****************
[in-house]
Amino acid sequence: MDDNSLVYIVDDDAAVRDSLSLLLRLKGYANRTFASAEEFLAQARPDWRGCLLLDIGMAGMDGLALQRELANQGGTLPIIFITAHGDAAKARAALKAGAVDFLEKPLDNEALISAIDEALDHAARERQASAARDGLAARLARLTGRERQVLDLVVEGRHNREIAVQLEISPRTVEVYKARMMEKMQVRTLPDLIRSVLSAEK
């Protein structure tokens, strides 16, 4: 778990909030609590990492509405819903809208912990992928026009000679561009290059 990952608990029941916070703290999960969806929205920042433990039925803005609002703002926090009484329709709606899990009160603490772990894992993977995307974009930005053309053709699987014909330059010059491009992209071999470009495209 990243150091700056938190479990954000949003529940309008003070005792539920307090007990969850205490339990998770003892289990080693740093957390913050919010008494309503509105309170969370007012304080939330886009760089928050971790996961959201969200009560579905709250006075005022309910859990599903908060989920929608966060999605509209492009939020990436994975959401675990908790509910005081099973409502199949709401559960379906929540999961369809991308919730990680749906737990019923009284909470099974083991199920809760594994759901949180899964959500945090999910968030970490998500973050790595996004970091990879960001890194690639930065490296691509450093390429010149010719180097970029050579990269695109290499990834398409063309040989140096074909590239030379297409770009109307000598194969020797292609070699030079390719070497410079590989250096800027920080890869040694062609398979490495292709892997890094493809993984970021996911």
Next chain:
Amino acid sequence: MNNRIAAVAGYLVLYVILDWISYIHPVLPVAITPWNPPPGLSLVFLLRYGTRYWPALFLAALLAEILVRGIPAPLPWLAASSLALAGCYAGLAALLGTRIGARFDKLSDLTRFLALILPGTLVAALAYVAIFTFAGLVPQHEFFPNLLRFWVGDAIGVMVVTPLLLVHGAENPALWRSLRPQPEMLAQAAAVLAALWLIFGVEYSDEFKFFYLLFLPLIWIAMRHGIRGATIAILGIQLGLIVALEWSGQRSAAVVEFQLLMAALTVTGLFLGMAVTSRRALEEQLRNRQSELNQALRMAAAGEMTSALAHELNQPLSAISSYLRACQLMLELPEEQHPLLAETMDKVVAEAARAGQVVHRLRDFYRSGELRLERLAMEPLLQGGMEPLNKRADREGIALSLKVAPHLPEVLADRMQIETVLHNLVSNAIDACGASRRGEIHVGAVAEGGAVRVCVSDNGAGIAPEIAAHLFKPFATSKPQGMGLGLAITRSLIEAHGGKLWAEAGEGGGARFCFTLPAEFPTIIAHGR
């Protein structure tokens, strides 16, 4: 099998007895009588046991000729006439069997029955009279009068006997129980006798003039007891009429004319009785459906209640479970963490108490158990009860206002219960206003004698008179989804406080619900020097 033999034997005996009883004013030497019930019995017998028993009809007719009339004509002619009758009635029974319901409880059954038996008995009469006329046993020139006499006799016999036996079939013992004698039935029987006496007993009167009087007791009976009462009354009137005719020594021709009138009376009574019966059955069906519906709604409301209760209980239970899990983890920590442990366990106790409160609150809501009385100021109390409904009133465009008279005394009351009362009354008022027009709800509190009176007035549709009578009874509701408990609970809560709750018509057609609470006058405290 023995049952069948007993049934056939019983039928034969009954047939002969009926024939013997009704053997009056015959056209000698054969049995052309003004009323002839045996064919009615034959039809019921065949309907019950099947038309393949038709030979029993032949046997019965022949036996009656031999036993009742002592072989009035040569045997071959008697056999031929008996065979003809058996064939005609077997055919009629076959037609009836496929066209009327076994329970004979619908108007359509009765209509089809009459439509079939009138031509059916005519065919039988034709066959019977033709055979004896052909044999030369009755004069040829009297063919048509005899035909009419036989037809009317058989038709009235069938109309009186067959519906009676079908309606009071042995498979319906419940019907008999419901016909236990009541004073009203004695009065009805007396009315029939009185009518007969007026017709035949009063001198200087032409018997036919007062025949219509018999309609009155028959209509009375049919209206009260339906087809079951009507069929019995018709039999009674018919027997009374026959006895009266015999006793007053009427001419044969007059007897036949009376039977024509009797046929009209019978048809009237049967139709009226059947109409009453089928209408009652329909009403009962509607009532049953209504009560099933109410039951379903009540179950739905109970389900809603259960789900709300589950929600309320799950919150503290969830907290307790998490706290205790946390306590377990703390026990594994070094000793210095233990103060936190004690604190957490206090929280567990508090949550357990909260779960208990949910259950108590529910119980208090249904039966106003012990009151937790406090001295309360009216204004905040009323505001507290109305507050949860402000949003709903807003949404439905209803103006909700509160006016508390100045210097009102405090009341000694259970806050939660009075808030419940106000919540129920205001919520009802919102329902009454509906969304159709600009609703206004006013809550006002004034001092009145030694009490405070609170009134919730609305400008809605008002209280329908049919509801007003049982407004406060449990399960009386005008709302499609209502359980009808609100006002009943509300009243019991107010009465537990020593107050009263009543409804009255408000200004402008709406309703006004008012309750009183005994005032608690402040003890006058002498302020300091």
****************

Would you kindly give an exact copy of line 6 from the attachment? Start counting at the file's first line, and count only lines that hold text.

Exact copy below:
């Protein structure tokens, strides 16, 4: 099998007895009588046991000729006439069997029955009279009068006997129980006798003039007891009429004319009785459906209640479970963490108490158990009860206002219960206003004698008179989804406080619900020097 033999034997005996009883004013030497019930019995017998028993009809007719009339004509002619009758009635029974319901409880059954038996008995009469006329046993020139006499006799016999036996079939013992004698039935029987006496007993009167009087007791009976009462009354009137005719020594021709009138009376009574019966059955069906519906709604409301209760209980239970899990983890920590442990366990106790409160609150809501009385100021109390409904009133465009008279005394009351009362009354008022027009709800509190009176007035549709009578009874509701408990609970809560709750018509057609609470006058405290 023995049952069948007993049934056939019983039928034969009954047939002969009926024939013997009704053997009056015959056209000698054969049995052309003004009323002839045996064919009615034959039809019921065949309907019950099947038309393949038709030979029993032949046997019965022949036996009656031999036993009742002592072989009035040569045997071959008697056999031929008996065979003809058996064939005609077997055919009629076959037609009836496929066209009327076994329970004979619908108007359509009765209509089809009459439509079939009138031509059916005519065919039988034709066959019977033709055979004896052909044999030369009755004069040829009297063919048509005899035909009419036989037809009317058989038709009235069938109309009186067959519906009676079908309606009071042995498979319906419940019907008999419901016909236990009541004073009203004695009065009805007396009315029939009185009518007969007026017709035949009063001198200087032409018997036919007062025949219509018999309609009155028959209509009375049919209206009260339906087809079951009507069929019995018709039999009674018919027997009374026959006895009266015999006793007053009427001419044969007059007897036949009376039977024509009797046929009209019978048809009237049967139709009226059947109409009453089928209408009652329909009403009962509607009532049953209504009560099933109410039951379903009540179950739905109970389900809603259960789900709300589950929600309320799950919150503290969830907290307790998490706290205790946390306590377990703390026990594994070094000793210095233990103060936190004690604190957490206090929280567990508090949550357990909260779960208990949910259950108590529910119980208090249904039966106003012990009151937790406090001295309360009216204004905040009323505001507290109305507050949860402000949003709903807003949404439905209803103006909700509160006016508390100045210097009102405090009341000694259970806050939660009075808030419940106000919540129920205001919520009802919102329902009454509906969304159709600009609703206004006013809550006002004034001092009145030694009490405070609170009134919730609305400008809605008002209280329908049919509801007003049982407004406060449990399960009386005008709302499609209502359980009808609100006002009943509300009243019991107010009465537990020593107050009263009543409804009255408000200004402008709406309703006004008012309750009183005994005032608690402040003890006058002498302020300091």